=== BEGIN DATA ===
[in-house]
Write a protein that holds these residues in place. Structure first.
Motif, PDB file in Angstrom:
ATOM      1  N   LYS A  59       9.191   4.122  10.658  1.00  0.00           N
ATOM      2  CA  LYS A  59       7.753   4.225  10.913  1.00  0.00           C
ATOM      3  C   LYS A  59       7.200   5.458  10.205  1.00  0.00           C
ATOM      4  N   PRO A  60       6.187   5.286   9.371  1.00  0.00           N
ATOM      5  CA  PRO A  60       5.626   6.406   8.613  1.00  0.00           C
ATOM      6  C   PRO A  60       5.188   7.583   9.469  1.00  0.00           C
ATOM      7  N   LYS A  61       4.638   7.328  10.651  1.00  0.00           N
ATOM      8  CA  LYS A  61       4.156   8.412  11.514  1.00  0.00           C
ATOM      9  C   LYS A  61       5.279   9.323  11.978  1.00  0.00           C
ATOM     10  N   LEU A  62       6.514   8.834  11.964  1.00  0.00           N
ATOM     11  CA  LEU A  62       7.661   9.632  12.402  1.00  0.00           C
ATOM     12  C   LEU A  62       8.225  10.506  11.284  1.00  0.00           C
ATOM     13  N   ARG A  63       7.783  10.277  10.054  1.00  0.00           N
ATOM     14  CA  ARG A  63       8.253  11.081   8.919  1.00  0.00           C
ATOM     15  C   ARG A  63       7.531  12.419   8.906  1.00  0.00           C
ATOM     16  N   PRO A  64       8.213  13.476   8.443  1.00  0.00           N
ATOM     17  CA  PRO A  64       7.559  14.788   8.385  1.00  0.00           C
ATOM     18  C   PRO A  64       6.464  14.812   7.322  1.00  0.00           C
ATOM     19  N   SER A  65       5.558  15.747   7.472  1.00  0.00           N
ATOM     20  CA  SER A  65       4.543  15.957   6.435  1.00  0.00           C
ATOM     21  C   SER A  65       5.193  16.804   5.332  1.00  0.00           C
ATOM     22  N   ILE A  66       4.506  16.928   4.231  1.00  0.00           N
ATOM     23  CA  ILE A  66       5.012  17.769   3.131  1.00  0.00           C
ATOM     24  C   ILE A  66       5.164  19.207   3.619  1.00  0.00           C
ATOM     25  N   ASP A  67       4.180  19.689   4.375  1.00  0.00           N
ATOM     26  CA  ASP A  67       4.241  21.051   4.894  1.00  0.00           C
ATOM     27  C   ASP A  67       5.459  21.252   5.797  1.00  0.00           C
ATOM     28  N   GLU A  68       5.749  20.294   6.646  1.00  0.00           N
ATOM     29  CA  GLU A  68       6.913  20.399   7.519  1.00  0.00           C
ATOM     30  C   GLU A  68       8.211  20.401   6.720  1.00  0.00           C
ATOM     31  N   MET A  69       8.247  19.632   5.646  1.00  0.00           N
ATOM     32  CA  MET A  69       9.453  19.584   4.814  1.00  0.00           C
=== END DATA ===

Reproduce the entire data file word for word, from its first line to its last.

[in-house]
Write a protein that holds these residues in place. Structure first.
Motif, PDB file in Angstrom:
ATOM      1  N   LYS A  59       9.191   4.122  10.658  1.00  0.00           N
ATOM      2  CA  LYS A  59       7.753   4.225  10.913  1.00  0.00           C
ATOM      3  C   LYS A  59       7.200   5.458  10.205  1.00  0.00           C
ATOM      4  N   PRO A  60       6.187   5.286   9.371  1.00  0.00           N
ATOM      5  CA  PRO A  60       5.626   6.406   8.613  1.00  0.00           C
ATOM      6  C   PRO A  60       5.188   7.583   9.469  1.00  0.00           C
ATOM      7  N   LYS A  61       4.638   7.328  10.651  1.00  0.00           N
ATOM      8  CA  LYS A  61       4.156   8.412  11.514  1.00  0.00           C
ATOM      9  C   LYS A  61       5.279   9.323  11.978  1.00  0.00           C
ATOM     10  N   LEU A  62       6.514   8.834  11.964  1.00  0.00           N
ATOM     11  CA  LEU A  62       7.661   9.632  12.402  1.00  0.00           C
ATOM     12  C   LEU A  62       8.225  10.506  11.284  1.00  0.00           C
ATOM     13  N   ARG A  63       7.783  10.277  10.054  1.00  0.00           N
ATOM     14  CA  ARG A  63       8.253  11.081   8.919  1.00  0.00           C
ATOM     15  C   ARG A  63       7.531  12.419   8.906  1.00  0.00           C
ATOM     16  N   PRO A  64       8.213  13.476   8.443  1.00  0.00           N
ATOM     17  CA  PRO A  64       7.559  14.788   8.385  1.00  0.00           C
ATOM     18  C   PRO A  64       6.464  14.812   7.322  1.00  0.00           C
ATOM     19  N   SER A  65       5.558  15.747   7.472  1.00  0.00           N
ATOM     20  CA  SER A  65       4.543  15.957   6.435  1.00  0.00           C
ATOM     21  C   SER A  65       5.193  16.804   5.332  1.00  0.00           C
ATOM     22  N   ILE A  66       4.506  16.928   4.231  1.00  0.00           N
ATOM     23  CA  ILE A  66       5.012  17.769   3.131  1.00  0.00           C
ATOM     24  C   ILE A  66       5.164  19.207   3.619  1.00  0.00           C
ATOM     25  N   ASP A  67       4.180  19.689   4.375  1.00  0.00           N
ATOM     26  CA  ASP A  67       4.241  21.051   4.894  1.00  0.00           C
ATOM     27  C   ASP A  67       5.459  21.252   5.797  1.00  0.00           C
ATOM     28  N   GLU A  68       5.749  20.294   6.646  1.00  0.00           N
ATOM     29  CA  GLU A  68       6.913  20.399   7.519  1.00  0.00           C
ATOM     30  C   GLU A  68       8.211  20.401   6.720  1.00  0.00           C
ATOM     31  N   MET A  69       8.247  19.632   5.646  1.00  0.00           N
ATOM     32  CA  MET A  69       9.453  19.584   4.814  1.00  0.00           C